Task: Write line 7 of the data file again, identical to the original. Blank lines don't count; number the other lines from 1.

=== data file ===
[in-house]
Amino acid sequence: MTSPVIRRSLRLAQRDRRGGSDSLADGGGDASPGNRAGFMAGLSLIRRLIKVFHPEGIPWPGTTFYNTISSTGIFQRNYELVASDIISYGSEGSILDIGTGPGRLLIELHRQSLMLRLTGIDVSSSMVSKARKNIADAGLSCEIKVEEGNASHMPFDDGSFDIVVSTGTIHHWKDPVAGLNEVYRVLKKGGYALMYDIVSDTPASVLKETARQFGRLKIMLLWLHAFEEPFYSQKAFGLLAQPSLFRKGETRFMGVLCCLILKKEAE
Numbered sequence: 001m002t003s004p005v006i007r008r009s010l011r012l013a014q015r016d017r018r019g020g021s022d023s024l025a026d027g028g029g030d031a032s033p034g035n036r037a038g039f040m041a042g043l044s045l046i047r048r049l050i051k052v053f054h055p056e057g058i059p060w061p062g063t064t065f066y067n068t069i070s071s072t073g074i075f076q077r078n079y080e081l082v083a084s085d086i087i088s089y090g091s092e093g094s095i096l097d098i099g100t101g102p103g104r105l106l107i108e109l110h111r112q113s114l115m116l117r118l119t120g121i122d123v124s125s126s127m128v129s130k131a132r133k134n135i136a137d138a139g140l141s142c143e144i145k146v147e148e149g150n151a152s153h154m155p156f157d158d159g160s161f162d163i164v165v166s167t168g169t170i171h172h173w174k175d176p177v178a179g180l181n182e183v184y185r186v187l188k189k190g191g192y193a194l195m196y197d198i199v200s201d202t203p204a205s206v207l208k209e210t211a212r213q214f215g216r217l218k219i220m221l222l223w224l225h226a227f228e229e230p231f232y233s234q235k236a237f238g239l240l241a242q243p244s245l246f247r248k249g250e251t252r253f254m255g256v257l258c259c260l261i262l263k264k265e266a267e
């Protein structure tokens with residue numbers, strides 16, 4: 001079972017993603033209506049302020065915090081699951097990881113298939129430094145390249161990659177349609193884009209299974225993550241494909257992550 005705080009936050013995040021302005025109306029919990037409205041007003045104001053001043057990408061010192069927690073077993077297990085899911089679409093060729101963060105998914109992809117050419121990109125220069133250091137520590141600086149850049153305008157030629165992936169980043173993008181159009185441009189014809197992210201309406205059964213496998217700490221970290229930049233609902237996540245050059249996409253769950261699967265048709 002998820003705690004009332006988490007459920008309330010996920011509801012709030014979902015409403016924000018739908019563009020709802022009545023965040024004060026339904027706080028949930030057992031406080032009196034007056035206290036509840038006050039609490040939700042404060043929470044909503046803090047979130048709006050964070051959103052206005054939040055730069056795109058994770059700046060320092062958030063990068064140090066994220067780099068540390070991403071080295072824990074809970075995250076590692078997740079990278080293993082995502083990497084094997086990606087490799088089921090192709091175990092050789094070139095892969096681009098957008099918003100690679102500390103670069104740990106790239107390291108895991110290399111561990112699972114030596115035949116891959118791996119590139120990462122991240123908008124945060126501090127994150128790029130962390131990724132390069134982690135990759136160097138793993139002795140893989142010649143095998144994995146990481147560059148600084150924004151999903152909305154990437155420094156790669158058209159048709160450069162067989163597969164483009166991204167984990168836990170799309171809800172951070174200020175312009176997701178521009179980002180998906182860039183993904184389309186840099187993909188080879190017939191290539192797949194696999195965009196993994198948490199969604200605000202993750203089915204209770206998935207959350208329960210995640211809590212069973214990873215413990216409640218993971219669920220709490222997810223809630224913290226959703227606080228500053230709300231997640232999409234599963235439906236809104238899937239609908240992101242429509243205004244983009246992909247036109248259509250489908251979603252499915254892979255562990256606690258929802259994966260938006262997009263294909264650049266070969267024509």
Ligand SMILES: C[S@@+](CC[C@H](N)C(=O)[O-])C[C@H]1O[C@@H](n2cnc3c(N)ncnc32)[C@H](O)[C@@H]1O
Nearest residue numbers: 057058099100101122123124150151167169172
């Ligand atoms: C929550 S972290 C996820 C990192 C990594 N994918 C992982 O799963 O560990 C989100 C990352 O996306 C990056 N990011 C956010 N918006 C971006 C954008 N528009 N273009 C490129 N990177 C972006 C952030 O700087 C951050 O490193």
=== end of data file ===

């Ligand atoms: C929550 S972290 C996820 C990192 C990594 N994918 C992982 O799963 O560990 C989100 C990352 O996306 C990056 N990011 C956010 N918006 C971006 C954008 N528009 N273009 C490129 N990177 C972006 C952030 O700087 C951050 O490193």